Atari 2600 classics compilations are still, more than 20 years later, being released with astonishing frequency. It's almost taboo among the gaming community to be critical of these perennial publications, as they hearken back to the industry's infancy. Especially on mobile, however, Atari is attempting to milk a teat that has long gone dry.
The title "Atari Legends, Vol. 1" lets you know two things: that these games are legendary, and therefore must be approached with reverence and zeal, and that you are expected to await and eventually purchase future installments in what will be a series of compilations. This first edition includes versions of Combat, Centipede, and Asteroids. The latter two of these games have been released as stand-alone retro titles for mobile phones, so it can at least be said that Atari Legends represents a better value than those single releases.
If you're not already on intimate terms with these games, chances are you won't be interested in this package. By way of an overview, however, Combat is a vehicular combat game of the simplest sort; Centipede is a stationary shooter featuring enemy insects and fungi; and Asteroids is a space shooter in which you destroy carbon detritus, suspended in the vast stellar matrix of space. Each of these games is controlled via movement keys and a single button, so they are easily ported to the mobile phone's keypad--or so you'd think.
In practice, it's actually a minor pain to perform the simple offices of these games. You can move and shoot simultaneously in Centipede, as originally intended, but only so long as you slam on the fire key at an exactly constant rate. If you slip up, you'll be unable to shoot for a short period. This isn't true of the original arcade and home versions; it's an emulation problem. In Combat, it's slightly difficult to move your vehicles using digital controls, because acceleration and rotation are separate functions. The game was meant to be played with the stock Atari Joystick, so it was designed with analog in mind. Furthermore, Combat was meant to be enjoyed by two players. To clarify, you could not play the home version of this game against the CPU. Since Atari didn't include GPRS multiplayer, thereby creating an innovative product with an old favorite, it has included some lame AI for you to play against. Combat is probably the origin of modern deathmatches. It was a mistake to release this molested version of the game. Asteroids, on the other hand, fares fine and is the most playable of the three ports.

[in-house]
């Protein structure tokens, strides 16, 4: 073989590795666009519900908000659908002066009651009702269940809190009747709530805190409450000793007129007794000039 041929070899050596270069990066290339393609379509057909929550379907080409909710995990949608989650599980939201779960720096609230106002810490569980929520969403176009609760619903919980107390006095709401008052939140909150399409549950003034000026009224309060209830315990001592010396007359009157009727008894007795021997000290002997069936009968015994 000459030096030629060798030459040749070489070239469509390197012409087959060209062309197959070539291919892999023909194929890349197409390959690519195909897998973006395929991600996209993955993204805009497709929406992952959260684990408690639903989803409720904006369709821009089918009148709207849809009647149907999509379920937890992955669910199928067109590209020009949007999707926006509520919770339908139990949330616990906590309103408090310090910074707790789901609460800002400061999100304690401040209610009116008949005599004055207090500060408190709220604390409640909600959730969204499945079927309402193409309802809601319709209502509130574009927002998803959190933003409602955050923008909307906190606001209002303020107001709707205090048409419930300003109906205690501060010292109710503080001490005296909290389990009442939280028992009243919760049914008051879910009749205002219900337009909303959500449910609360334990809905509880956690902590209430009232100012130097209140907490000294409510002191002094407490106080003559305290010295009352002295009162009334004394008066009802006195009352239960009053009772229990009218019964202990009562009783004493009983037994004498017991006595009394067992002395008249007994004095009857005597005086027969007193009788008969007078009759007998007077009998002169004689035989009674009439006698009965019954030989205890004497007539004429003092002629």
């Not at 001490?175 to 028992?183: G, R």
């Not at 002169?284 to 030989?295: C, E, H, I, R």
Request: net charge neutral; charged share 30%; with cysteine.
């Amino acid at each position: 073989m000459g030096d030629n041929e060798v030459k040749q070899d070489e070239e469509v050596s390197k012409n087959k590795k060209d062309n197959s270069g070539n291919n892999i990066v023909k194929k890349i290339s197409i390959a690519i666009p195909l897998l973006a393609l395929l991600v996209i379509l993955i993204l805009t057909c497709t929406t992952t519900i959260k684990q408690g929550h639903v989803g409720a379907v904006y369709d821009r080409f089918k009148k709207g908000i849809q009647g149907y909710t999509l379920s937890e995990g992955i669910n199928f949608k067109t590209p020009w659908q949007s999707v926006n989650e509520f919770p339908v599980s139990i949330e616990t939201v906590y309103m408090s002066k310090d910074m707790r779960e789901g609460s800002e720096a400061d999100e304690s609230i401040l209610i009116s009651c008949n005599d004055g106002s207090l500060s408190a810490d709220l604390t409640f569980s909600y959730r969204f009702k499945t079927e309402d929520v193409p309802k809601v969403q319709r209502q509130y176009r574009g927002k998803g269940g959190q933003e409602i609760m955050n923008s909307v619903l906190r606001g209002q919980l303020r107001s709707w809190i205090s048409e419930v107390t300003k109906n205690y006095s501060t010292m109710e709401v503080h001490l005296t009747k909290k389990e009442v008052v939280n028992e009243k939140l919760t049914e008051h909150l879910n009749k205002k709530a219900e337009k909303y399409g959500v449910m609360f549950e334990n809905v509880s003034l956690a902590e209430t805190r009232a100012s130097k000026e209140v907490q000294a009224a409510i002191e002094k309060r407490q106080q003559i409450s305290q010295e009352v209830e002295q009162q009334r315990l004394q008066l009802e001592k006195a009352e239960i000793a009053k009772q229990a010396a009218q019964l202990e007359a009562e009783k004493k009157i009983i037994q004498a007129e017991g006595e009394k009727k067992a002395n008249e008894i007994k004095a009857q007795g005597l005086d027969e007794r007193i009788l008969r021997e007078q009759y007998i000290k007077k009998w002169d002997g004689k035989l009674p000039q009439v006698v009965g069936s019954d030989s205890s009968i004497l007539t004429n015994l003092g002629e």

The game's original sounds and graphics are intact, although Centipede moves more slowly than the original versions of the game. You navigate between the three games via a selection screen, over which a single bar of terrible house music is incessantly repeated. Generation Remix demands at least eight bars of terrible house music before it can reincorporate a retro product into its hip youth counterculture. It's a good thing this aberration is only present during menu interaction.
If you're aching to own three marginal versions of these formative games, this compilation will lend you succor. You'd likely be able to find superior ports of these games on other platforms available to you, though. In mobile and in the greater gaming world, we're ready for 16-bit nostalgia (especially given the high-end specs of the Sony Ericsson S710, on which we played). Three competing wireless versions of Centipede are plenty.